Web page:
Using In Utero Gene Editing To Tackle Lethal Lung Disease - EMG


Using In Utero Gene Editing To Tackle Lethal Lung Disease

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Targeting the mid-to-late gestation period of fetal development is an attractive means of averting deadly, and potentially irreversible, pathological diseases, especially lung diseases. This was the approach that a team from the Children’s Hospital of Philadelphia (CHOP) and Penn Medicine, Philadelphia, Pennsylvania, USA, took through the use of CRISPR/Cas technology to correct a mutation and prevent lethal lung disease in an animal model.

The team were targeting congenital conditions, such as surfactant protein deficiency, alpha-1 antitrypsin deficiency, and cystic fibrosis; these diseases are a significant drain on healthcare resources, with an estimated 22% of paediatric hospital admissions being due to respiratory disorders. Researchers were able to demonstrate that precisely timed (4 days prior to birth) in utero application of CRISPR/Cas technology to the amniotic fluid of mice significantly improved the pups’ lungs. The highest amount of editing took place in the alveolar epithelial cells and airway secretory cells, the latter of which produce pulmonary surfactant that reduces the lungs’ surface tension and helps prevent their collapse.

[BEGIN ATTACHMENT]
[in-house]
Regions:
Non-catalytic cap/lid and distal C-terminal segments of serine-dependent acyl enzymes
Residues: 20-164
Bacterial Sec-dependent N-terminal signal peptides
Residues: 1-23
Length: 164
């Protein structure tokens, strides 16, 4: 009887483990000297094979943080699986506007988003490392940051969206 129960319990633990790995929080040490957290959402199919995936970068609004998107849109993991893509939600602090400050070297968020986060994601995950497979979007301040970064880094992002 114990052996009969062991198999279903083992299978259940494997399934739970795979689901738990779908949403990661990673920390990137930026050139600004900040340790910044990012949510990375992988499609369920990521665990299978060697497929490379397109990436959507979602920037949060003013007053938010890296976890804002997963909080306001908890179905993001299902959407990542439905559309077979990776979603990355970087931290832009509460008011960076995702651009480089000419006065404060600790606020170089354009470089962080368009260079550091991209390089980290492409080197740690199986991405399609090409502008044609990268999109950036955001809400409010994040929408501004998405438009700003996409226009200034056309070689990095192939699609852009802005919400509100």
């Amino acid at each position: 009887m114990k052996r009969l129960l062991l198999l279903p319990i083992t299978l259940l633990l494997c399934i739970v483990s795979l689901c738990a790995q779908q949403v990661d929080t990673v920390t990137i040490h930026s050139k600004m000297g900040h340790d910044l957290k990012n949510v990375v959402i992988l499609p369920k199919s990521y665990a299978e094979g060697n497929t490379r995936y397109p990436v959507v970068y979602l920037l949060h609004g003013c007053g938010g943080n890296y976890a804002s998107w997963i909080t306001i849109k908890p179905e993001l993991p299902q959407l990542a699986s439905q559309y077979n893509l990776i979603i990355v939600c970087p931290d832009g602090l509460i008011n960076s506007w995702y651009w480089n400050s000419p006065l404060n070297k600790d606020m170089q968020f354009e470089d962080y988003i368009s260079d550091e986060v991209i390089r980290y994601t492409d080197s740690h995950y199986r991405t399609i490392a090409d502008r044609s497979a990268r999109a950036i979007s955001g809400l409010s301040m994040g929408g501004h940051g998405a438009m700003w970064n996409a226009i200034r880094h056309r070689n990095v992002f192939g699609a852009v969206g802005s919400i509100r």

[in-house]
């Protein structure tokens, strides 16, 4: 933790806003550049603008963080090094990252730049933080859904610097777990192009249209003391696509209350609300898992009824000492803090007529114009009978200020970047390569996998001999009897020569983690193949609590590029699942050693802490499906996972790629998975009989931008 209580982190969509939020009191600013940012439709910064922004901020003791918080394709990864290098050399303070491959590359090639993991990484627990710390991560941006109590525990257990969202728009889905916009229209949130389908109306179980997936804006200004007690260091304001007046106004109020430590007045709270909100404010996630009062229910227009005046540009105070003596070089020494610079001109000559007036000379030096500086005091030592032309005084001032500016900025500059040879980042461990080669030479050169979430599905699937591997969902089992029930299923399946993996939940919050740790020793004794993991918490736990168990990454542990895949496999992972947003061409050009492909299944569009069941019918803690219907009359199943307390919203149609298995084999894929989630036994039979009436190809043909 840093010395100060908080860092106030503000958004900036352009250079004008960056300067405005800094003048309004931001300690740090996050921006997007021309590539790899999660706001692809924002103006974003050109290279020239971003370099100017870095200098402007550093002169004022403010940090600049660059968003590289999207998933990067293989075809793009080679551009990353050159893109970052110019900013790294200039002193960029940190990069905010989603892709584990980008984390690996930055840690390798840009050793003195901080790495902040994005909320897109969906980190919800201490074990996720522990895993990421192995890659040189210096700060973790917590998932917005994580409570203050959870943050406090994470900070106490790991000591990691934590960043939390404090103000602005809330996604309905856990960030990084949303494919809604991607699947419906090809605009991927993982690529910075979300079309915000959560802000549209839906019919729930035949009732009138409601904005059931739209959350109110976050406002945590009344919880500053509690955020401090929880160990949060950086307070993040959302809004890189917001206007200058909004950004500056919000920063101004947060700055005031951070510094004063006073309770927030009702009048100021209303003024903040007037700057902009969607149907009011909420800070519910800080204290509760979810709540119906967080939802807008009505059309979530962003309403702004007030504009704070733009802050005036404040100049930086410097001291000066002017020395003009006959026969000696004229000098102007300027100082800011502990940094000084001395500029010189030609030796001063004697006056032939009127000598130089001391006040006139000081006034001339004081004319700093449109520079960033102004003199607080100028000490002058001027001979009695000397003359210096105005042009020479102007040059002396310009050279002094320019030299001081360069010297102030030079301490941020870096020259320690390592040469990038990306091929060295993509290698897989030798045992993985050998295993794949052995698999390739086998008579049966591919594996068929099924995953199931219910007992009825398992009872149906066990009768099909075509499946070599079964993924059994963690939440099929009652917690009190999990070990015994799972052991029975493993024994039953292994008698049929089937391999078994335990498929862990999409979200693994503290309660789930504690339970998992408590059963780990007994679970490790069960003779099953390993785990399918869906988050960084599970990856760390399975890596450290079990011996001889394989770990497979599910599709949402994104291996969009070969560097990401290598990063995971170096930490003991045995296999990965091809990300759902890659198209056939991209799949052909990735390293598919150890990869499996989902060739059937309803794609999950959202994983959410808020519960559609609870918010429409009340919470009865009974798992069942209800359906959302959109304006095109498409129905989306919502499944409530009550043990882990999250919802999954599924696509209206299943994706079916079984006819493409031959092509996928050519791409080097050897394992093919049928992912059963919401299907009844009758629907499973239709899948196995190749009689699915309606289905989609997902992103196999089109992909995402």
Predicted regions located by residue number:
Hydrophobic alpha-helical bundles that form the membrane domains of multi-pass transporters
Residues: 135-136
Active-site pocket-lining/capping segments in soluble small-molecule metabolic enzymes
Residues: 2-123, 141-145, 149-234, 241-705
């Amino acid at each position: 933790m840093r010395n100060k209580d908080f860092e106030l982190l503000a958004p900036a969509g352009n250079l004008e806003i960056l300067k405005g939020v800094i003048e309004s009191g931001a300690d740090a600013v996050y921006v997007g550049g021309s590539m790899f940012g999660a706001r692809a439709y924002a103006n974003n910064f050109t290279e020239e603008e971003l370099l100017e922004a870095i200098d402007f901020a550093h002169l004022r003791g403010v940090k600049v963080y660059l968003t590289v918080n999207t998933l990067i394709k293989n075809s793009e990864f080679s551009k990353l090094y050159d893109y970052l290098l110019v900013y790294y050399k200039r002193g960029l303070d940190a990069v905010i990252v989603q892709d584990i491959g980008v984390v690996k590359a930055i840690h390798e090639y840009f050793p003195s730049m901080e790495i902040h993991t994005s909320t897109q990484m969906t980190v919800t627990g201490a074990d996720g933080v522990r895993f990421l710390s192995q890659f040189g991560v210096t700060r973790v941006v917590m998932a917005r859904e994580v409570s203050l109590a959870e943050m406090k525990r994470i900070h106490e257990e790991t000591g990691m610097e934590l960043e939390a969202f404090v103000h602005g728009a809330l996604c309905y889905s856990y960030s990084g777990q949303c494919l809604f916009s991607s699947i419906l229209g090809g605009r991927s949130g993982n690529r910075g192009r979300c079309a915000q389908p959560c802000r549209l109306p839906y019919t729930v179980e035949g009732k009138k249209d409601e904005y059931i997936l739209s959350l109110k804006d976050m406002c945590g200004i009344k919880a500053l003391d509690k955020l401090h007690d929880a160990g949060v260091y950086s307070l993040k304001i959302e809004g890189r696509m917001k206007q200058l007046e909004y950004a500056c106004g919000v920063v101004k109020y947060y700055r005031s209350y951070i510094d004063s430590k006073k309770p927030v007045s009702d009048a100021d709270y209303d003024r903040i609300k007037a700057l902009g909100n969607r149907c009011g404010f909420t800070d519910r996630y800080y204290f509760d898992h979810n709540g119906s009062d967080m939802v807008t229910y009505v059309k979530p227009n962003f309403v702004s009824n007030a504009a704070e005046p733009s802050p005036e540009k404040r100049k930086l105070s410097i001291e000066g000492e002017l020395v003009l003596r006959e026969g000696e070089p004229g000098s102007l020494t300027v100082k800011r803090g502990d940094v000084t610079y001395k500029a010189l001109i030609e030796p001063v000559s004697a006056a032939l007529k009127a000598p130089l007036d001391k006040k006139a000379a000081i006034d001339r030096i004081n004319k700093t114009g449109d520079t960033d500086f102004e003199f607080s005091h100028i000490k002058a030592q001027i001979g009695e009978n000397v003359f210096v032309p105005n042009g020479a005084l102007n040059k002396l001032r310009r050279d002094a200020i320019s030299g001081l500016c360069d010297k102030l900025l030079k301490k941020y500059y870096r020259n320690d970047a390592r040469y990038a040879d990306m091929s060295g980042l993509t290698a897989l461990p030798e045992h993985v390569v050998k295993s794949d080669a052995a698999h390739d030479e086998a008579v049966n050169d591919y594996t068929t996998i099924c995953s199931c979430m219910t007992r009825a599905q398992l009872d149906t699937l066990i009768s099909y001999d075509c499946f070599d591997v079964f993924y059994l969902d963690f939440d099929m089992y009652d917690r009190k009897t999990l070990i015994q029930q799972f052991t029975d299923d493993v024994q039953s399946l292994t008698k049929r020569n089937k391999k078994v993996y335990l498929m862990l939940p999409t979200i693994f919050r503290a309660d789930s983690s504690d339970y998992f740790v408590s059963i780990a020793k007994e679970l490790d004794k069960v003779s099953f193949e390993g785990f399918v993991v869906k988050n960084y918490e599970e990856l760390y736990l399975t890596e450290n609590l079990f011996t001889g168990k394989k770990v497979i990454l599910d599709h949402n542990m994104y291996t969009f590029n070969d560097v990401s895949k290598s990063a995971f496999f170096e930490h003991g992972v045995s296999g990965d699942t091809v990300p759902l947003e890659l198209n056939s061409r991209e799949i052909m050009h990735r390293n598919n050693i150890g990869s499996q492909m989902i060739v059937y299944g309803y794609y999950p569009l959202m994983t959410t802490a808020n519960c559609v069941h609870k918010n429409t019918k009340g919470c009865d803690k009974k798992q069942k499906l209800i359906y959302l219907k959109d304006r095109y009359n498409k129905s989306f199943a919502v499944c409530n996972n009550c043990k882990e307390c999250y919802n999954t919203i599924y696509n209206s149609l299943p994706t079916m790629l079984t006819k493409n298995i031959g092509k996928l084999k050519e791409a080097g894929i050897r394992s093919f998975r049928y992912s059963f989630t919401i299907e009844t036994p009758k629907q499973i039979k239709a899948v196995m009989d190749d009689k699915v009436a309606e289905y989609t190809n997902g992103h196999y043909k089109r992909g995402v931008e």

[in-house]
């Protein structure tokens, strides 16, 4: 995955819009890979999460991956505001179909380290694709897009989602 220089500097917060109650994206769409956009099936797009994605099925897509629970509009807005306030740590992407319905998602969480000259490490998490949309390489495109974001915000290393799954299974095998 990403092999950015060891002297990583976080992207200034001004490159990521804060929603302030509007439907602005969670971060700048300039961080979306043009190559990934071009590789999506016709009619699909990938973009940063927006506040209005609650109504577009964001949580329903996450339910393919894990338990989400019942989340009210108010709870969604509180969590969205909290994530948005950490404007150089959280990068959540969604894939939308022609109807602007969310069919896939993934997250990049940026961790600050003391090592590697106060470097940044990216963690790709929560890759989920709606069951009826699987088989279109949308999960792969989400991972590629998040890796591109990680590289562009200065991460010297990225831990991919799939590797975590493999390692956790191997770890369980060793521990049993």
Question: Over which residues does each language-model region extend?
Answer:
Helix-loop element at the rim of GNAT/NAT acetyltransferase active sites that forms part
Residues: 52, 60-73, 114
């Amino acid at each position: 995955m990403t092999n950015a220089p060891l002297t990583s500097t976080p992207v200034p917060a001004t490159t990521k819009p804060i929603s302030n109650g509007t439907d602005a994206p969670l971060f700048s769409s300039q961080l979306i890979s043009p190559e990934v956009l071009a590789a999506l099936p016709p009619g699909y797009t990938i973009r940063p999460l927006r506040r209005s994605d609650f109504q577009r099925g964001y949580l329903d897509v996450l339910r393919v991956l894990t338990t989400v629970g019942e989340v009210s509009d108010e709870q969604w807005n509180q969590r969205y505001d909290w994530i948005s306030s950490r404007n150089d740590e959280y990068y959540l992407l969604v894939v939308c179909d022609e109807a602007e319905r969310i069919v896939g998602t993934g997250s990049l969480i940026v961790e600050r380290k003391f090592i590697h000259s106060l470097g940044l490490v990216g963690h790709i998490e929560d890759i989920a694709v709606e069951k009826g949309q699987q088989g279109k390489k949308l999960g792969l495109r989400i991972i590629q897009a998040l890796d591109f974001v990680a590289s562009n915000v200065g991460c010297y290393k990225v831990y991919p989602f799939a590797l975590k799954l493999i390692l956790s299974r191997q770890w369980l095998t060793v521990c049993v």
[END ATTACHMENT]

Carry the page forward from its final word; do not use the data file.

In a complementary experiment, researchers used the same approach to target a mutation in a gene homologous to human SFTPC, responsible for surfactant protein C deficiency. Within hours of birth, there is a 100% mortality rate in untreated mice with this mutation; however, in this instance prenatal gene editing inactivated the mutant allele to improve lung morphology, resulting in a survival rate >22%.

Further studies are needed to improve efficiency and evaluate different mechanisms of gene editing technology delivery, but this team are optimistic. Study co-leader Prof Edward E. Morrisey, Perelman School of Medicine, University of Pennsylvania, Philadelphia, Pennsylvania, USA, commented: “Different gene editing techniques are also being explored that may one day be able to correct the exact mutations observed in genetic lung diseases in infants.”